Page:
Senators defend CFTC in court over position limits
WASHINGTON (Reuters) - U.S. Senator Carl Levin and 18 other senators have filed a friend-of-the-court brief to help the U.S. commodities regulator defend its rules on position limits in oil markets aimed at preventing excessive speculation.
The U.S. Commodity Futures Trading Commission passed the rules in October, but industry groups have sued to stop the rules from taking effect, saying they would irreparably harm the marketplace.
Levin, a Michigan Democrat, and the other senators argued in their amicus brief that seven years of congressional studies back up the need for position limits. They rejected the industry groups' contention that the 2010 Dodd-Frank reform law did not explicitly require the CFTC to put the rules in place.
"Oil supplies are plentiful and demand is down, so high gas prices can't be explained by ordinary market forces of supply and demand," Levin said in a statement.
"The financial industry slapped the CFTC with a lawsuit claiming Congress never meant for the trading limits to prevent excessive speculation to be mandatory, but our amicus brief shows that is exactly what we meant and what the law requires."
The senators who filed the brief were Democrats and one Independent.
The Securities Industry and Financial Markets Association (SIFMA) and the International Swaps and Derivatives Association (ISDA) filed their legal challenge in December.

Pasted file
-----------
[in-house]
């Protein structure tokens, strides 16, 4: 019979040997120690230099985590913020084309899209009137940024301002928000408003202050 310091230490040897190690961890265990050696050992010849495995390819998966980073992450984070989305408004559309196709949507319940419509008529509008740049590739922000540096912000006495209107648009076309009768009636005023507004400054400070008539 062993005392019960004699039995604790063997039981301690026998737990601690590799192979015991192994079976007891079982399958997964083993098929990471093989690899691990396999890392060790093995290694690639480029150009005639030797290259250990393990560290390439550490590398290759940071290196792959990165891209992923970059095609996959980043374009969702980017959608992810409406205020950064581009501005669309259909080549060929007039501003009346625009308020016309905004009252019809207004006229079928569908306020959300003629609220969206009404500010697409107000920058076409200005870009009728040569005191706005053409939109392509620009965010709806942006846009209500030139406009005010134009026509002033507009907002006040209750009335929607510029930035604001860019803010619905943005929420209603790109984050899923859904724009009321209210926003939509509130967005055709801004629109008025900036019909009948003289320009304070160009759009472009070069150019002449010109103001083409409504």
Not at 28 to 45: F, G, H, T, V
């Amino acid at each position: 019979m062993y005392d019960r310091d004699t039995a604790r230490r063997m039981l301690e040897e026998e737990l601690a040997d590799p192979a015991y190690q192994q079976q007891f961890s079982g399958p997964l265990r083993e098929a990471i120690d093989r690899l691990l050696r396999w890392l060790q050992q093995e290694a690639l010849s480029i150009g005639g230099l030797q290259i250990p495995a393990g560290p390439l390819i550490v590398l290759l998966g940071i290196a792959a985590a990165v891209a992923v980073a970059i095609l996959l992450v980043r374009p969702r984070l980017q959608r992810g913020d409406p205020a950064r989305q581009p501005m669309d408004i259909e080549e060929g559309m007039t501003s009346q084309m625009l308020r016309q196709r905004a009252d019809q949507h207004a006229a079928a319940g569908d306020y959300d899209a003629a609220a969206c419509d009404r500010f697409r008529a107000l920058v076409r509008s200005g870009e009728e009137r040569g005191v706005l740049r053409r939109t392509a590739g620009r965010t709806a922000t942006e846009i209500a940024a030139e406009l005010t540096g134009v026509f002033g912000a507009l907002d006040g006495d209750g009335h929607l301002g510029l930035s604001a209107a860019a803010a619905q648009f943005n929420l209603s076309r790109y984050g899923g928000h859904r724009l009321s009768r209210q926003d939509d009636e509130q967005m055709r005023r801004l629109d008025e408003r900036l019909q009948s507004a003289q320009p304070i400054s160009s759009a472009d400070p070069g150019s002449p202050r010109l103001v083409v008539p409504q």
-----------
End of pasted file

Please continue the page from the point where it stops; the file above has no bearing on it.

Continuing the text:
The CFTC's groundbreaking rule, put in place to restrict the number of contracts a trader can hold in commodities such as gold and oil, was narrowly approved by the agency's five commissioners on October 18 by a vote of 3-2.
SIFMA and ISDA argue that the regulations would force their members to drastically alter their businesses, cost them tens of millions of dollars, and send customers fleeing.
They also slammed the agency for failing to review thoroughly the economic impact of the rules on markets, which thrive on the liquidity provided by traders with big positions, they said.
Their suit asks the court to block temporarily the controversial new rules - set to take effect later this year - and strike them down completely.
Judge Robert Wilkins of the U.S. District Court for the District of Columbia said at a hearing in February that he would rule swiftly on the short-term block.
Bart Chilton, a Democratic Commissioner and outspoken proponent of curbs on speculative trading, welcomed the Senators' brief.
"It seems to me that the plain language of the law would be enough to spit out this case, but when you have Senators and Representatives who actually wrote the provision expanding upon the Congressional intent, that's really persuasive," he said in a statement.
The CFTC will implement the limits in two phases. The agency must first finish its swaps definition before it can implement limits for the spot month. The final limits for all contract months can only be set a few months after the agency has collected a year's worth of swaps data, a process that is expected to end in August.